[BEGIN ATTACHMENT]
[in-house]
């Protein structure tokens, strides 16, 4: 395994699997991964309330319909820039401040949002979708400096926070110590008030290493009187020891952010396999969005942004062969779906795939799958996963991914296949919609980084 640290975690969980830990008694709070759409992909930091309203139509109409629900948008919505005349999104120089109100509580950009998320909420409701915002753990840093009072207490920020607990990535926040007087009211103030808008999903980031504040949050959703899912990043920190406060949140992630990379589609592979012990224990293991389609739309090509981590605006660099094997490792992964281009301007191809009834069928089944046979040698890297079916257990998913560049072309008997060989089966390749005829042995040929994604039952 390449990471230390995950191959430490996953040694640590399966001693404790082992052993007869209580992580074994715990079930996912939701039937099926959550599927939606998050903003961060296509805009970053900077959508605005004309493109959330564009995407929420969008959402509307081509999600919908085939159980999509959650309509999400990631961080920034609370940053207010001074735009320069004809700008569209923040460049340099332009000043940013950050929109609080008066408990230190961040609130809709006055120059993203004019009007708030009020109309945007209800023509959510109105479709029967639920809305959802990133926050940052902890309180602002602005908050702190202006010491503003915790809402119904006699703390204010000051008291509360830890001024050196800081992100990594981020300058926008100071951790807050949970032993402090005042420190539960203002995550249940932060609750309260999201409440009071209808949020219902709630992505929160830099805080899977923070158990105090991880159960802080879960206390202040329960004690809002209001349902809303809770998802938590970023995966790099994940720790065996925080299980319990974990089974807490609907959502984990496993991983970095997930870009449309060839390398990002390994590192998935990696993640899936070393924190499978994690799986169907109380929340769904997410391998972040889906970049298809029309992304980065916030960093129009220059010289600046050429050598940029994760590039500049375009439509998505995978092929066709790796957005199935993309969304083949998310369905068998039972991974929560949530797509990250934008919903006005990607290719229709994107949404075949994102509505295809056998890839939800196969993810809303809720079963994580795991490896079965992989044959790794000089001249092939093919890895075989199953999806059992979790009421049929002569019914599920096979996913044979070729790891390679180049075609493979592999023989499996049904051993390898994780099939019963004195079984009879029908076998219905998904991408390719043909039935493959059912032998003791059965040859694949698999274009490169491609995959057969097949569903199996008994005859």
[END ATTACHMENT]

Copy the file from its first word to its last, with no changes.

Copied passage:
[in-house]
């Protein structure tokens, strides 16, 4: 395994699997991964309330319909820039401040949002979708400096926070110590008030290493009187020891952010396999969005942004062969779906795939799958996963991914296949919609980084 640290975690969980830990008694709070759409992909930091309203139509109409629900948008919505005349999104120089109100509580950009998320909420409701915002753990840093009072207490920020607990990535926040007087009211103030808008999903980031504040949050959703899912990043920190406060949140992630990379589609592979012990224990293991389609739309090509981590605006660099094997490792992964281009301007191809009834069928089944046979040698890297079916257990998913560049072309008997060989089966390749005829042995040929994604039952 390449990471230390995950191959430490996953040694640590399966001693404790082992052993007869209580992580074994715990079930996912939701039937099926959550599927939606998050903003961060296509805009970053900077959508605005004309493109959330564009995407929420969008959402509307081509999600919908085939159980999509959650309509999400990631961080920034609370940053207010001074735009320069004809700008569209923040460049340099332009000043940013950050929109609080008066408990230190961040609130809709006055120059993203004019009007708030009020109309945007209800023509959510109105479709029967639920809305959802990133926050940052902890309180602002602005908050702190202006010491503003915790809402119904006699703390204010000051008291509360830890001024050196800081992100990594981020300058926008100071951790807050949970032993402090005042420190539960203002995550249940932060609750309260999201409440009071209808949020219902709630992505929160830099805080899977923070158990105090991880159960802080879960206390202040329960004690809002209001349902809303809770998802938590970023995966790099994940720790065996925080299980319990974990089974807490609907959502984990496993991983970095997930870009449309060839390398990002390994590192998935990696993640899936070393924190499978994690799986169907109380929340769904997410391998972040889906970049298809029309992304980065916030960093129009220059010289600046050429050598940029994760590039500049375009439509998505995978092929066709790796957005199935993309969304083949998310369905068998039972991974929560949530797509990250934008919903006005990607290719229709994107949404075949994102509505295809056998890839939800196969993810809303809720079963994580795991490896079965992989044959790794000089001249092939093919890895075989199953999806059992979790009421049929002569019914599920096979996913044979070729790891390679180049075609493979592999023989499996049904051993390898994780099939019963004195079984009879029908076998219905998904991408390719043909039935493959059912032998003791059965040859694949698999274009490169491609995959057969097949569903199996008994005859």